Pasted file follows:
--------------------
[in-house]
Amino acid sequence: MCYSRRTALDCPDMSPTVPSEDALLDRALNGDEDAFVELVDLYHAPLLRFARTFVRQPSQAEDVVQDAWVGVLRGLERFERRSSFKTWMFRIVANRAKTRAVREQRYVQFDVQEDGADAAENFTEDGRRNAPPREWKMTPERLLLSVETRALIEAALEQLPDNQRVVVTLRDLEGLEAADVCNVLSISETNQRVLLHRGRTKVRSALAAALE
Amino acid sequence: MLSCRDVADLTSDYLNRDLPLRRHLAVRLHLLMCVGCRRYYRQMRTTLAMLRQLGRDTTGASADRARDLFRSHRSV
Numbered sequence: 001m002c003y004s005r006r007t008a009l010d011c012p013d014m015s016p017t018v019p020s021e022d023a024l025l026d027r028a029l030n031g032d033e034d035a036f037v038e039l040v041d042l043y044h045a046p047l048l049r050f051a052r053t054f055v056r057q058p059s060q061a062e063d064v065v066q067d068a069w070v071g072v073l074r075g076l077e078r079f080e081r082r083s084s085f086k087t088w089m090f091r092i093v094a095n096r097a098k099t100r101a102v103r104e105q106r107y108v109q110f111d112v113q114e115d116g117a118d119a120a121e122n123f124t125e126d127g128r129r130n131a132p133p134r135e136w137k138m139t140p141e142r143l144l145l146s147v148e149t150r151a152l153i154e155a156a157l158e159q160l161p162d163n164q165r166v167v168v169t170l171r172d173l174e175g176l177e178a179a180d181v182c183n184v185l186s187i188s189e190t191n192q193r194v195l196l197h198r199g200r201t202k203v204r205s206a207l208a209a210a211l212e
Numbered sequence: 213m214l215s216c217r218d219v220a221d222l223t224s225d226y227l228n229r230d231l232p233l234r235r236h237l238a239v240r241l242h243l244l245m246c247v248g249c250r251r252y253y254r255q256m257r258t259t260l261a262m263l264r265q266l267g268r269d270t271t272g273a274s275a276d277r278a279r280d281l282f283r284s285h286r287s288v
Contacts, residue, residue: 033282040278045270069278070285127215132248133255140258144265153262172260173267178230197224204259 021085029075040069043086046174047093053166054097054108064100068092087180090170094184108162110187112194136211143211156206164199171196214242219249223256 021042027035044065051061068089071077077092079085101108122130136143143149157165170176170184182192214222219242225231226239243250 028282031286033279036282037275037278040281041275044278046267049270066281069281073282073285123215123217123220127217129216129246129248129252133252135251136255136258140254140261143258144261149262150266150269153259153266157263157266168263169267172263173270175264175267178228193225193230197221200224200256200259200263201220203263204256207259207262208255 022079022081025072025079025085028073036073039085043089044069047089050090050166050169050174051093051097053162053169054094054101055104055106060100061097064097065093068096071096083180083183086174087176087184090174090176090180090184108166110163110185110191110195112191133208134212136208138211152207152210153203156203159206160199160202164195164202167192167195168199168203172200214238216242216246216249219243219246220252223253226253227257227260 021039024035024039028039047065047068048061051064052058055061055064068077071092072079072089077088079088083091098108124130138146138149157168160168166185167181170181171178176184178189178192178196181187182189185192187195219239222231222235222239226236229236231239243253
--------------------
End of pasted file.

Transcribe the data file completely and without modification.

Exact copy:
[in-house]
Amino acid sequence: MCYSRRTALDCPDMSPTVPSEDALLDRALNGDEDAFVELVDLYHAPLLRFARTFVRQPSQAEDVVQDAWVGVLRGLERFERRSSFKTWMFRIVANRAKTRAVREQRYVQFDVQEDGADAAENFTEDGRRNAPPREWKMTPERLLLSVETRALIEAALEQLPDNQRVVVTLRDLEGLEAADVCNVLSISETNQRVLLHRGRTKVRSALAAALE
Amino acid sequence: MLSCRDVADLTSDYLNRDLPLRRHLAVRLHLLMCVGCRRYYRQMRTTLAMLRQLGRDTTGASADRARDLFRSHRSV
Numbered sequence: 001m002c003y004s005r006r007t008a009l010d011c012p013d014m015s016p017t018v019p020s021e022d023a024l025l026d027r028a029l030n031g032d033e034d035a036f037v038e039l040v041d042l043y044h045a046p047l048l049r050f051a052r053t054f055v056r057q058p059s060q061a062e063d064v065v066q067d068a069w070v071g072v073l074r075g076l077e078r079f080e081r082r083s084s085f086k087t088w089m090f091r092i093v094a095n096r097a098k099t100r101a102v103r104e105q106r107y108v109q110f111d112v113q114e115d116g117a118d119a120a121e122n123f124t125e126d127g128r129r130n131a132p133p134r135e136w137k138m139t140p141e142r143l144l145l146s147v148e149t150r151a152l153i154e155a156a157l158e159q160l161p162d163n164q165r166v167v168v169t170l171r172d173l174e175g176l177e178a179a180d181v182c183n184v185l186s187i188s189e190t191n192q193r194v195l196l197h198r199g200r201t202k203v204r205s206a207l208a209a210a211l212e
Numbered sequence: 213m214l215s216c217r218d219v220a221d222l223t224s225d226y227l228n229r230d231l232p233l234r235r236h237l238a239v240r241l242h243l244l245m246c247v248g249c250r251r252y253y254r255q256m257r258t259t260l261a262m263l264r265q266l267g268r269d270t271t272g273a274s275a276d277r278a279r280d281l282f283r284s285h286r287s288v
Contacts, residue, residue: 033282040278045270069278070285127215132248133255140258144265153262172260173267178230197224204259 021085029075040069043086046174047093053166054097054108064100068092087180090170094184108162110187112194136211143211156206164199171196214242219249223256 021042027035044065051061068089071077077092079085101108122130136143143149157165170176170184182192214222219242225231226239243250 028282031286033279036282037275037278040281041275044278046267049270066281069281073282073285123215123217123220127217129216129246129248129252133252135251136255136258140254140261143258144261149262150266150269153259153266157263157266168263169267172263173270175264175267178228193225193230197221200224200256200259200263201220203263204256207259207262208255 022079022081025072025079025085028073036073039085043089044069047089050090050166050169050174051093051097053162053169054094054101055104055106060100061097064097065093068096071096083180083183086174087176087184090174090176090180090184108166110163110185110191110195112191133208134212136208138211152207152210153203156203159206160199160202164195164202167192167195168199168203172200214238216242216246216249219243219246220252223253226253227257227260 021039024035024039028039047065047068048061051064052058055061055064068077071092072079072089077088079088083091098108124130138146138149157168160168166185167181170181171178176184178189178192178196181187182189185192187195219239222231222235222239226236229236231239243253